In fall 2016, Ben Ladouceur, who is prose editor at Arc, interviewed Jan Zwicky as part of a feature on her work. Zwicky wanted to know what Ladouceur thought about some of the issues that came up — millennials shrugging over climate change, self-promotion through social media — and they began a conversation in the margins of the interview. That discussion got interesting enough that they decided to pursue it as a separate project. The following conversation is the result.
Jan Zwicky: You said that you became frustrated during a discussion at the Kingston WritersFest this year. What was that discussion about? What frustrated you?
Ben Ladouceur: It was a wonderful reading — Jacob McArthur Mooney, Laurie Graham, Matt Rader and Tim Lilburn. After the readings, the moderator did that thing moderators do, where you find a shared theme between all the writers. If memory serves correctly, he settled on the idea of apocalypse. This led to a discussion about how, when you’re young, you write about yourself, and then, as you mature and publish more books, you look more critically at the world beyond. You move outward, you get less personal and more political. All of these authors have written at least two books, and so they all had multiple reference points with which to track the development of their outputs.
The discussion frustrated me for a reason I couldn’t immediately place, but now I think I’ve gotten to the bottom of it. The authors were discussing the personal and the political as though there was much of a difference, and that has not been my experience of things. Kissing the person you love goodbye at a train, for instance, is not an automatically political gesture, but when you and the person you love are the same gender, it is. Even if, to you, it’s just an expression of a very human emotion — I love you, I’m going to miss you — there are people around you who politicize that moment. Perhaps their response is positive: approving looks, smiles. Perhaps negative. But the occupants of the train station will not be wholly indifferent. More so than any modern age before now, but not wholly.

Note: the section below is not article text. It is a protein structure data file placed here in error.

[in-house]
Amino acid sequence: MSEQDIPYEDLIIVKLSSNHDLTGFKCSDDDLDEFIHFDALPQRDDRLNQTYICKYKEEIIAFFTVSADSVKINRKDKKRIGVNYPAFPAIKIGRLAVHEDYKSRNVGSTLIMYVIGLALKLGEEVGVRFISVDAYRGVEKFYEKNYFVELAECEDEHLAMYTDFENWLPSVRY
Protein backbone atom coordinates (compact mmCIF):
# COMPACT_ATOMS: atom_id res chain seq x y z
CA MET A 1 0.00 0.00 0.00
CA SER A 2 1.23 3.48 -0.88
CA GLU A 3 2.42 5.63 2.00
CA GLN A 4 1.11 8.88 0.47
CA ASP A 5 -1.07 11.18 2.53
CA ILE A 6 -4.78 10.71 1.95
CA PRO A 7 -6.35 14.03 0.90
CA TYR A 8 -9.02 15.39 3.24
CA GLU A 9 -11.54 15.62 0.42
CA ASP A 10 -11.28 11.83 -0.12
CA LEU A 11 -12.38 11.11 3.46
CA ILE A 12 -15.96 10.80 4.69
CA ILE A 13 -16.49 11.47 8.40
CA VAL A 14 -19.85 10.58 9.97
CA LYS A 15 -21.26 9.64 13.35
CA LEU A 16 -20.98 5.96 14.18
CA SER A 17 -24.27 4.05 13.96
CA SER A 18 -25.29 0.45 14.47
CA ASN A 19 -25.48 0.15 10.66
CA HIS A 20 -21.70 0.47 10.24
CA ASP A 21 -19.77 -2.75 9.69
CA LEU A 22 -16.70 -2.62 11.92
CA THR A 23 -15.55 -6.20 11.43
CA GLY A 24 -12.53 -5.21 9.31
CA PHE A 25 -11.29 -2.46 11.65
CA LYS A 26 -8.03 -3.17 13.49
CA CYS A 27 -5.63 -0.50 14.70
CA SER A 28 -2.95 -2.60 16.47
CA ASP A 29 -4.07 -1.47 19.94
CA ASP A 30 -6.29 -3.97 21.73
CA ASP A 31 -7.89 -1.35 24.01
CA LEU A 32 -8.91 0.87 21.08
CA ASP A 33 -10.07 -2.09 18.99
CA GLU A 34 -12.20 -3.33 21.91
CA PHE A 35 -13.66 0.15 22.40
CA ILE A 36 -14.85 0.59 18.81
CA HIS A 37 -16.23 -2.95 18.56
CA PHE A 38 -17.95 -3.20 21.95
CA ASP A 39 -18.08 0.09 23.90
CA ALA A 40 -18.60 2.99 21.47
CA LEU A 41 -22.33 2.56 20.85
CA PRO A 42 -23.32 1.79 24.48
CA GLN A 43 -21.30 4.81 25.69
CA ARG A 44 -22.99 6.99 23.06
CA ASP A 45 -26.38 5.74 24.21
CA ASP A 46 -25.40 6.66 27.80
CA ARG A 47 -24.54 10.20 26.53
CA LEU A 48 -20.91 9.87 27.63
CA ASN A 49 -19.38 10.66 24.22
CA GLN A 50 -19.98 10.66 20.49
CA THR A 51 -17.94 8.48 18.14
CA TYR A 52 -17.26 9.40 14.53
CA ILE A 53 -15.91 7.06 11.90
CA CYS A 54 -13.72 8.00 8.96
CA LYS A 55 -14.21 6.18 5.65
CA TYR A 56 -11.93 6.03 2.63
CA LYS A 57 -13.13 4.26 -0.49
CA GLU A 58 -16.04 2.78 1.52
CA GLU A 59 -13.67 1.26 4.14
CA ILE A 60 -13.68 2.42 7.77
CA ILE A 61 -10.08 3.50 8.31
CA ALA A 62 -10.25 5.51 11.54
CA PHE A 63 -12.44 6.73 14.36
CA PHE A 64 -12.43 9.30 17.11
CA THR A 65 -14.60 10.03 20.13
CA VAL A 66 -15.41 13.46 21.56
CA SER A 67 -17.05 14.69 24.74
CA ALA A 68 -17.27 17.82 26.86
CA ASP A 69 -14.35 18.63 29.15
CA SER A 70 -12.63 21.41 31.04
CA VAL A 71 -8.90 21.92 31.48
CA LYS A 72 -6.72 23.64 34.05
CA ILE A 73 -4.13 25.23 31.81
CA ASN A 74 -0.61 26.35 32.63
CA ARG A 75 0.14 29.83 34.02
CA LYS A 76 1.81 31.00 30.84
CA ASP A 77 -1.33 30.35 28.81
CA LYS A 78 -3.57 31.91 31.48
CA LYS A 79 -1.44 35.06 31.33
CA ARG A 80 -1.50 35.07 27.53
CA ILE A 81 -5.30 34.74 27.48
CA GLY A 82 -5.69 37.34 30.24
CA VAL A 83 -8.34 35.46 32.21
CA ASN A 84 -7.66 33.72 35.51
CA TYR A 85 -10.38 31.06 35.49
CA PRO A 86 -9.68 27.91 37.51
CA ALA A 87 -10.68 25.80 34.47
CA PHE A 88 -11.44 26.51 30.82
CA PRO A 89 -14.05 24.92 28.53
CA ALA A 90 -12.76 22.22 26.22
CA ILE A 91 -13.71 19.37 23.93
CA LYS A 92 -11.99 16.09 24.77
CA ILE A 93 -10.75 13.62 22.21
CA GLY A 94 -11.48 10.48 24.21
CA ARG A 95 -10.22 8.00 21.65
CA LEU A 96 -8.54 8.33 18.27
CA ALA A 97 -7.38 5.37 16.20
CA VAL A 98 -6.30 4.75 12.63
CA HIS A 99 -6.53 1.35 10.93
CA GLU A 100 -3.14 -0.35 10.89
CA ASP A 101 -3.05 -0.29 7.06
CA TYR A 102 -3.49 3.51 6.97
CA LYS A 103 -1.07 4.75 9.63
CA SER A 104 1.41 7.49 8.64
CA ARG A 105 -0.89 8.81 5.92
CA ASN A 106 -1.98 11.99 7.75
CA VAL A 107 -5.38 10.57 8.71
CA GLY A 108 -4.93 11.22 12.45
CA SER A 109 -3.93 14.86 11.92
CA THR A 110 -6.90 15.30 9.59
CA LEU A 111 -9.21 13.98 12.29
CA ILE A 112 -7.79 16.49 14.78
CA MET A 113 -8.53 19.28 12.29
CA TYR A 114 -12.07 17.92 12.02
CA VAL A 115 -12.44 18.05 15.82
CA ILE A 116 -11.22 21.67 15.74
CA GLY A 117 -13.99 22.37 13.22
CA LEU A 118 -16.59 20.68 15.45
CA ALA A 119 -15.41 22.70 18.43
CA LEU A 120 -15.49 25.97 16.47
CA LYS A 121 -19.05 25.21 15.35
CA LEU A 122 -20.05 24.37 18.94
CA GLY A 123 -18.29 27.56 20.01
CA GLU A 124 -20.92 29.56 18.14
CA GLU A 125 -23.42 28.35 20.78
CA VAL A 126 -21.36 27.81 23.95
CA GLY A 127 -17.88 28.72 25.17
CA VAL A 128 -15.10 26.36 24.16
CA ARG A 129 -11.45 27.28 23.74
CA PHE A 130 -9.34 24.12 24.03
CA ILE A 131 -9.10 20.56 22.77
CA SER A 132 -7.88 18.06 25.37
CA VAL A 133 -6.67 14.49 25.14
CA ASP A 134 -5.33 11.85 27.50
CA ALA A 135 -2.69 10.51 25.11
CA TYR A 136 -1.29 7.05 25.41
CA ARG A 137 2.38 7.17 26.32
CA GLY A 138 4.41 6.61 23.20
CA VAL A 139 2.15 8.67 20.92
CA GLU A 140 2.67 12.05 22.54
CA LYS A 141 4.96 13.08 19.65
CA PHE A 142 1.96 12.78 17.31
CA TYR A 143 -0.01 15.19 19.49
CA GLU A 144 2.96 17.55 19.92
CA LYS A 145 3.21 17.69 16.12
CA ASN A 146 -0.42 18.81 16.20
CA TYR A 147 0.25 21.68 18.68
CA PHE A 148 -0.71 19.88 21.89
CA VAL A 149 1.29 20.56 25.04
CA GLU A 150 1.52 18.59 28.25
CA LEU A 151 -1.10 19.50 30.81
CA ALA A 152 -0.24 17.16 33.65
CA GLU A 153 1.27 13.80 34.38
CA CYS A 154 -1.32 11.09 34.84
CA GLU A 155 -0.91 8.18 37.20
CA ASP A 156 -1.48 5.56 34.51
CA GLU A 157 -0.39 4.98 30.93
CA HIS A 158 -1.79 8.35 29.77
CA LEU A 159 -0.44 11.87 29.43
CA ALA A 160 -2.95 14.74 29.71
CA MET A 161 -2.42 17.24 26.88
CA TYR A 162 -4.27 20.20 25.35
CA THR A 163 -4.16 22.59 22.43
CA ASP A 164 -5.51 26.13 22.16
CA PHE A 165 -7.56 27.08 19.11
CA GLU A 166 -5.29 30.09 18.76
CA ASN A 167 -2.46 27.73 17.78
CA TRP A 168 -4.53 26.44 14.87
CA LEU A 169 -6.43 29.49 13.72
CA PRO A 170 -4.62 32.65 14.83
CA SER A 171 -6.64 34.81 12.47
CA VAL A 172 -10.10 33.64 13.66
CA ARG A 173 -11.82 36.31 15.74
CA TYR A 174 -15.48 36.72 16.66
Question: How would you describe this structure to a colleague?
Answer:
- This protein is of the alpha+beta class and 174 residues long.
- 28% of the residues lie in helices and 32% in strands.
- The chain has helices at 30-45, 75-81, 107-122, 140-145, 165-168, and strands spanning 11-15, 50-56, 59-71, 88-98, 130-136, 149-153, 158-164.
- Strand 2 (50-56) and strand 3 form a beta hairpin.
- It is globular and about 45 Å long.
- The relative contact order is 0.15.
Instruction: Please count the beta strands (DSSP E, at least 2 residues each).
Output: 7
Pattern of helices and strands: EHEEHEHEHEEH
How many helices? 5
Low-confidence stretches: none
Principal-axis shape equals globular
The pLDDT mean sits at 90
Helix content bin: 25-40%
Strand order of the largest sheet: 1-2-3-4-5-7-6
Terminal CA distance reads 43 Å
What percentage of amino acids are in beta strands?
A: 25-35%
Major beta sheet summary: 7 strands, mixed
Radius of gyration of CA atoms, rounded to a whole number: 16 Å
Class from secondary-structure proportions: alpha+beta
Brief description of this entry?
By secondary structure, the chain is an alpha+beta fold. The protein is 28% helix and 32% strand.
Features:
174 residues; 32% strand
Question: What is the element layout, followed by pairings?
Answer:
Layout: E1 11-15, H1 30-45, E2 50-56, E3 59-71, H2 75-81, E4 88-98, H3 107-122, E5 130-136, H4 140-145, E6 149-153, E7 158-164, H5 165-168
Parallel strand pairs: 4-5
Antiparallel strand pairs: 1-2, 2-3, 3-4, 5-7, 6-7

I’ve only written the one book, and like me, the book is openly gay. I was surprised to see it characterized, in a few reviews and event listings and the like, as a brave or political book. It confirmed something a friend once told me, about how any queer act is necessarily political. Well, for me, all acts are queer. And so all my poems are queer. Importantly, this has not always been an issue for all queer poets, many of whom historically have kept the genders of their beloveds ambiguous for the sake of their careers, their lives, their freedom, their necessarily heterosexual marriages, etc. But I do not think that I could write a poem that was both honest and personal. When I write about my own experience, the poems get politicized, they get drawn into the world beyond.
JZ: In the ’70s and ’80s, women — including many hetero, white women — worked hard to raise their own consciousness of the ways in which the personal was political. They were trying collectively to grasp that what their husbands, lovers and co-workers were doing to them wasn’t the result of shameful personal failings that they ought to keep private and try to overcome; it was the result of a gendered cultural dynamic. One feature of patriarchal oppression was understood to be its denial that what occurred in private was shaped by political forces. Are you saying that for gays — or for all who identify as LGBTQ2 — the slogan needs to be altered: the personal isn’t always political? That heteronormative culture is oppressive because it won’t let anything LGBTQ2 be straightforwardly personal?
BL: What is my personal life? Does my being queer shine through its every aspect? It does when I kiss my lover goodbye, but what about when I brush my teeth, or fall asleep? Does it show in all of my writing, every last poem? I suppose that if I wrote predominantly about, let’s say, outer space, it wouldn’t. If the poems were about planets and scientific principles, and there were no personal prefixes and no personalities and no genitals, a reader would be hard-pressed to call the poems queer. Maybe I would make the artistic decision to call them queer, but I’d be using the word differently now — not to denote same-sex love, but to denote a differentness I find in my own writing and hold dear. I have friends who identify as queer artists, but who do not practice gay love. I am not bothered by this, by them.
But love is the stick in the mud. When a queer person loves openly, politics infest. Just by using a queer dating app or entering a gay bar, just by clarifying that the “I” and the “you” in your story or poem are the same gender, there’s this threshold you cross. New optics and new susceptibilities. Part of me would encourage altering the old slogan, as you suggest. If the world let the personal stay personal, I’d learn so much about how it is most commonly experienced. I’d also feel safer and less interesting. But this must be a very small part of me — I just to have look at my own choices, my own writing, to determine that. If it were so important to me for queerness to be less interesting, I’d probably refuse to participate in this interview, of which queerness is the crux.